Boss fights are also great, often relying on various different mechanics you have learned throughout the game to properly complete. They'll test your mettle and your patience, as some of them can be brutally difficult at times. Though I was a little disappointed to see only 3 in the game at first, I quickly realized that each one tests a different skill and will require you to be at your best the entire time. It's not much, but it's enough, and each one will keep you retrying again and again until you perfect the mechanics.
In terms of story though, there's nothing really to write home about here. It gets the job done and does a decent attempt at making a compelling story to follow. But I often found myself more interested in the lore of the world rather than the overall objective that the game is based around. Voice acting is pretty good as well, ranging from typical gravelly-voiced main protagonist and a great-sounding AI companion, to more human characters, each feeling like real characters within a real world.
Whilst I did find myself really enjoying Ghostrunner, I did have a few issues with it. Namely, I had lots of trouble with missed clicks from my mouse. Thinking this was just my own mouse acting up I switched to a different one, only for the problem to persist. Switching to other games and back to my previous mouse also saw no issues with missed/false clicks, so this must be a bug and will hopefully get fixed at launch. It's not a huge issue, but when I’m on a roll and a simple missed click means I don’t complete a level, it can take away from that immense satisfaction you may feel when normally completing an encounter.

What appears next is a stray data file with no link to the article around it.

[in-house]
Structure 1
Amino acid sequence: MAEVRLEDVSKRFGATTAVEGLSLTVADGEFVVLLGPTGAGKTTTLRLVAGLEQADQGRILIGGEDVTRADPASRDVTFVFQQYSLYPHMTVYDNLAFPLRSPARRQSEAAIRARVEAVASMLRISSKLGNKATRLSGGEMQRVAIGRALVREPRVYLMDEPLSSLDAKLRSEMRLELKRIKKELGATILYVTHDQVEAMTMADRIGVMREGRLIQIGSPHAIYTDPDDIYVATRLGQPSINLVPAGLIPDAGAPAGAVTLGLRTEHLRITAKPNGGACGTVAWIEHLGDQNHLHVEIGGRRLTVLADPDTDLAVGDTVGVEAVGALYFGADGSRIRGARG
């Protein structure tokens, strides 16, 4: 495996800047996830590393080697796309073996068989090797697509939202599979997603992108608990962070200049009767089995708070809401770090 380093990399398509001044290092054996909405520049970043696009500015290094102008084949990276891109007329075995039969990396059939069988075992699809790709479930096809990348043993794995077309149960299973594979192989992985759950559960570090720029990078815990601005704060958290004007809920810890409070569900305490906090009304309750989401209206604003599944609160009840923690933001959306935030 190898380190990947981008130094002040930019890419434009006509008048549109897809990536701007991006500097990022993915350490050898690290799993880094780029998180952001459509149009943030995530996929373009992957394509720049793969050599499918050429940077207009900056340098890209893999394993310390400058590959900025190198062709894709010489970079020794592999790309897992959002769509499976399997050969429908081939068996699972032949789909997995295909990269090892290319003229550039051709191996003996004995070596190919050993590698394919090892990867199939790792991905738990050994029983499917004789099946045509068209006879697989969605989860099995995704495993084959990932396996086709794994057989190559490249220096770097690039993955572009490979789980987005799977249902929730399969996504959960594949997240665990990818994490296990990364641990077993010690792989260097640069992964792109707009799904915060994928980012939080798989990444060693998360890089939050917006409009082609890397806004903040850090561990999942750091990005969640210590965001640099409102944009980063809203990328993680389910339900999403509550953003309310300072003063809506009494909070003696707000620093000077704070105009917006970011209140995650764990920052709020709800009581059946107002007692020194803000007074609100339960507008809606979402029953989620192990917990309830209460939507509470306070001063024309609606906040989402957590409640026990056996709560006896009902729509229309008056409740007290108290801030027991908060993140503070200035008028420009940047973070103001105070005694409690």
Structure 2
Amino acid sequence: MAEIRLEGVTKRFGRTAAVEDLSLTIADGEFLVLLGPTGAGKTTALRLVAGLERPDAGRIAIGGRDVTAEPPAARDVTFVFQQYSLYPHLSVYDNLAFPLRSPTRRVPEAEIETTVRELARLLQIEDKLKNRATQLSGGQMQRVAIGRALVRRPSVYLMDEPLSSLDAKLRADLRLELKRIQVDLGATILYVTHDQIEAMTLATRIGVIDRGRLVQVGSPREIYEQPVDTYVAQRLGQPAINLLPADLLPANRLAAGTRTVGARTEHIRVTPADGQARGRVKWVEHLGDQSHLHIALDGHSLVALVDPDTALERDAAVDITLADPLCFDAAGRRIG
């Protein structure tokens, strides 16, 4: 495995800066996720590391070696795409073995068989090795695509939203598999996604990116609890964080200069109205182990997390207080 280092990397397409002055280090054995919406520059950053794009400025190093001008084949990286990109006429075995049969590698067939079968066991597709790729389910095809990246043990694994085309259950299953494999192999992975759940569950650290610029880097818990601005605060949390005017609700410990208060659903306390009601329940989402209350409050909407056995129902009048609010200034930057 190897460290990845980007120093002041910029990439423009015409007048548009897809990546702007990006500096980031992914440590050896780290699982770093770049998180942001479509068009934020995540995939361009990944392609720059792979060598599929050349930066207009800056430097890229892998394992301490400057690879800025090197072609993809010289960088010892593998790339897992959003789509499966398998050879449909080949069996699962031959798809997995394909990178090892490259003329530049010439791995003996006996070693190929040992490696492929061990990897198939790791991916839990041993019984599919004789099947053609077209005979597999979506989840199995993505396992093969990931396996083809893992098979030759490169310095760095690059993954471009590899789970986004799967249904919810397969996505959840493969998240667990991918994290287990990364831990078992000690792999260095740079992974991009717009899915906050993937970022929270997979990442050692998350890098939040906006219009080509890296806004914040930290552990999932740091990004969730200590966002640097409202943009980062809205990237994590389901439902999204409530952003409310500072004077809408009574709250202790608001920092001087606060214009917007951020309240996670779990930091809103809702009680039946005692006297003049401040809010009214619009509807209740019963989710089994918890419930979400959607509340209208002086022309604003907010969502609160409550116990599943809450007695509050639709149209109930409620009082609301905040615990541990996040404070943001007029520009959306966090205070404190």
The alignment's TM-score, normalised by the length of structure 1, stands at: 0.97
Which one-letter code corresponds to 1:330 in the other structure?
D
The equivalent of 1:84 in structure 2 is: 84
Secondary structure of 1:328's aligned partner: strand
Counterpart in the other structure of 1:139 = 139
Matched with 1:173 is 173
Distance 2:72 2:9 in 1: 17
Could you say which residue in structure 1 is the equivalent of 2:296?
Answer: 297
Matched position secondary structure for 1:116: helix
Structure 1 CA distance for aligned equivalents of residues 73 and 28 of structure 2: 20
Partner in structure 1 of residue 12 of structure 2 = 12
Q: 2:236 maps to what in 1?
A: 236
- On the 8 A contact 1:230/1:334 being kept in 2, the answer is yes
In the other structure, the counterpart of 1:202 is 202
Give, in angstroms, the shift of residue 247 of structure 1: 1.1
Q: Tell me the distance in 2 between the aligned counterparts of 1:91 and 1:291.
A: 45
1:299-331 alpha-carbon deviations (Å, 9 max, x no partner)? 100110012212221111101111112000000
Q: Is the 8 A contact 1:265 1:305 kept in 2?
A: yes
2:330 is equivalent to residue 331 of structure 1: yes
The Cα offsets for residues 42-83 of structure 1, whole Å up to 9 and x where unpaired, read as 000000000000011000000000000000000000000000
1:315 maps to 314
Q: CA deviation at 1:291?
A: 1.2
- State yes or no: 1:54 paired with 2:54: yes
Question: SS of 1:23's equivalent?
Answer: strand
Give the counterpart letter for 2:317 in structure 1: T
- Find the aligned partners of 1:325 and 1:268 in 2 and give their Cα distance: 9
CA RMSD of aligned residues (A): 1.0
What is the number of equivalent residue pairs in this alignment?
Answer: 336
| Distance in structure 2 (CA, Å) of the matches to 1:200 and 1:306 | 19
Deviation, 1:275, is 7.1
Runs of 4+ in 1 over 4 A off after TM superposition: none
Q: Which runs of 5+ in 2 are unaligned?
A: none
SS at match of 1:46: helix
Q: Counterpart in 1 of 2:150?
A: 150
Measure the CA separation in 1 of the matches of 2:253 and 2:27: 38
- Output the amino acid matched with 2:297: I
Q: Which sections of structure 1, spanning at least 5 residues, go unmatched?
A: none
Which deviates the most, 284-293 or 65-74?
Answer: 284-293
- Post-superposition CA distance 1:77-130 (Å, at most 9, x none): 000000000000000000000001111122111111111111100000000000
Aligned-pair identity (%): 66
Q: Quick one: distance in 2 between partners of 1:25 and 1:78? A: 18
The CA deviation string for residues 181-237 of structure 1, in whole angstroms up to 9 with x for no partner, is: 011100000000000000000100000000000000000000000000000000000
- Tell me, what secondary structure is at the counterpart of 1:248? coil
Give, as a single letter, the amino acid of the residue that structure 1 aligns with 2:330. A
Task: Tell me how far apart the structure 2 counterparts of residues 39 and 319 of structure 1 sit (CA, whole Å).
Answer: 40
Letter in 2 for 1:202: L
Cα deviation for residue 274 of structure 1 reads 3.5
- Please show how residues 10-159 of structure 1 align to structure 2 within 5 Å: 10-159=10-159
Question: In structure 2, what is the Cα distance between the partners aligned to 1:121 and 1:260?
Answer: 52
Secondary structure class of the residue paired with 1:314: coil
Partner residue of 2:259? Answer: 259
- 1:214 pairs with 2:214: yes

Additionally, when the controls work, the mouse and keyboard is the perfect way to go so you can have that oh-so-tight precision in these fast-paced moments. But Ghostrunner is also designed for consoles too, and I had a go at playing with a gamepad but found that some encounters beame brutally difficult with a gamepad controller, and I cannot even imagine what some late-game encounters would be like when using a controller. It's not a big deal, but if you’re thinking of playing with a gamepad, it’s probably best to stick with your trusty KB&M.
I’d also like to see more speedrunning-friendly features added as well despite Ghostrunner feeling like a game that begs to be sped through. Things as simple as a ‘restart level’ button when you die; because right now if you want to speedrun an entire level without any deaths you’ll want to restart the level instead of restarting at the latest checkpoint. Currently, you have to go into the game’s menu, which isn’t a big deal, but it goes to show how Ghostrunner has yet to adopt more speedrunning features that it probably needs.
Leading on from that, the one major gripe I have with Ghostrunner is the lack of replayability after beating the main game. Sure, there are collectibles like items that give out more lore of the world, audiologs, and of course, Katana skins, but considering the game is mostly about speed and accuracy, there’s a surprising lack of time trials and individual challenges to complete after finishing the campaign to keep you playing long after the credits roll. Something as simple as a time trial mode would add so much replayability beyond the main campaign.
All in all, Ghostrunner mixes all the best parkour elements from Mirror’s Edge and introduces it to the chaotically symphonic combat of orchestral violence that is Hotline Miami. Run, die, run, and die again; it’s brutal in all the best ways and will have you aching for a perfect run. Whilst it does have some issues and can feel a little short, your time in Ghostrunner will be wholly enjoyable, and filled with so many ecstatic moments of blissful victory.